One of the most interesting parts was Walter coming back. I am a huge fan of Walter Steele, and was ecstatic when he graced my TV screen again. What I enjoyed most about it was the way he was introduced. Moira mentioned family to Oliver, and Oliver also mentioned him as family. It was a beautiful thing to hear, especially after Walter separated from Moira. This also leads me to wonder if Walter and Moira have found a way to be on better terms; not ‘I forgive you, now let’s kiss and make up’ terms, but a point where they can have an actual conversation. The little greeting Walter and Felicity exchanged helped make my night even better. I love that these two still show signs of a connection with each other.
Finally, the episode introduced us to new female characters I’m interested in seeing where the story will go with them. First, we were introduced to Summer Glau’s character, Isabel Rochev. For the people who were observant, or have been trying to catch all the news about Arrow they possibly can (*holds hand up), they know that her name appeared in Oliver’s book last year. I have been a big fan of Glau’s ever since Firefly, and I’m glad she is on my TV screen again. It will be nice to see Isabel versus Oliver Queen, instead of Isabel versus his alter-ego.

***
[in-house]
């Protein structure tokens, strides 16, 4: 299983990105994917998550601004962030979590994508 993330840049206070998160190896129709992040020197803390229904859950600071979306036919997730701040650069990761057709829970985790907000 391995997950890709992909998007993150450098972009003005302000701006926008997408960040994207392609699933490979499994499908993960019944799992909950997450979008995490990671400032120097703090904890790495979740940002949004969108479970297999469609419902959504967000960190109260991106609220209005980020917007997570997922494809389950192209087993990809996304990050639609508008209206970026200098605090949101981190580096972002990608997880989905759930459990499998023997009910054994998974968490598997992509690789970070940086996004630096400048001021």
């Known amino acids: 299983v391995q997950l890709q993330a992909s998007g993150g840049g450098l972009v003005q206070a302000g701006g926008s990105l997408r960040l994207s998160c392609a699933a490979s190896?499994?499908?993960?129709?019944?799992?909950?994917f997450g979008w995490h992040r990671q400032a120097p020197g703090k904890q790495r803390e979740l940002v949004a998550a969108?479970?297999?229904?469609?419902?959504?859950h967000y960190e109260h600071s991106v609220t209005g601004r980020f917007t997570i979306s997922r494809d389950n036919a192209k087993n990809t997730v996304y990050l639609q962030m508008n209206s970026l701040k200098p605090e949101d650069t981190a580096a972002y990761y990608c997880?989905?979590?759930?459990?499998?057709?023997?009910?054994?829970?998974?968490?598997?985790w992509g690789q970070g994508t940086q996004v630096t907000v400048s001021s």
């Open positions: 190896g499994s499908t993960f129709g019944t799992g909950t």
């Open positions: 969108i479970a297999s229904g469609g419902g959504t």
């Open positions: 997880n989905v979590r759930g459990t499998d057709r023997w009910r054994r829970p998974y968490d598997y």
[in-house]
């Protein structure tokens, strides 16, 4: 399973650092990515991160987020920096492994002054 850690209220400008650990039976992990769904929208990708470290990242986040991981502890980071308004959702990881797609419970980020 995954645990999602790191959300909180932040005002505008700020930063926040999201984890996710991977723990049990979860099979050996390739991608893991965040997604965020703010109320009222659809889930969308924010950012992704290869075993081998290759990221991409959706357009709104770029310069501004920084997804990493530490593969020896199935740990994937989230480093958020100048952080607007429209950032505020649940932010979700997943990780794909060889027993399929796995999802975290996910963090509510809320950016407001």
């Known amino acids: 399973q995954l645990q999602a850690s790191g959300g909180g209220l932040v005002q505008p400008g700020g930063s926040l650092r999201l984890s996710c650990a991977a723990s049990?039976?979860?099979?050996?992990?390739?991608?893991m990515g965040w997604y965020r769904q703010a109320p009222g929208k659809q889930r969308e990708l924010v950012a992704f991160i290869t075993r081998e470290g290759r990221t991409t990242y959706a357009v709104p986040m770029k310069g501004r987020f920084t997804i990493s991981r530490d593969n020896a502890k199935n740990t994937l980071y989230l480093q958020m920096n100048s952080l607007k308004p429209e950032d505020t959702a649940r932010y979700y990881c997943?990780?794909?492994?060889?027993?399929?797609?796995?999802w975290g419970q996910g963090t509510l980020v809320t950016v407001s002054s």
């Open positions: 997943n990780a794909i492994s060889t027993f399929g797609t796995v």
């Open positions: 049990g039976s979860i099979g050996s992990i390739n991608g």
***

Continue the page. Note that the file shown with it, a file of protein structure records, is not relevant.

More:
Then we were introduced to the Black Canary for a few seconds, with her saving Roy’s butt as he tried to play hero again. The girl can fight, and it will be interesting seeing what the writers do with the character. I’d also like to thank them with not automatically making Laurel the Black Canary. I feel Laurel still has a long way to go, if she is ever going to be the Black Canary.
The episode filled so many of my fangirl needs, and made a mediocre TV week all the better by shining through. So I praise this episode, and I thank Felicity for keeping the salmon ladder.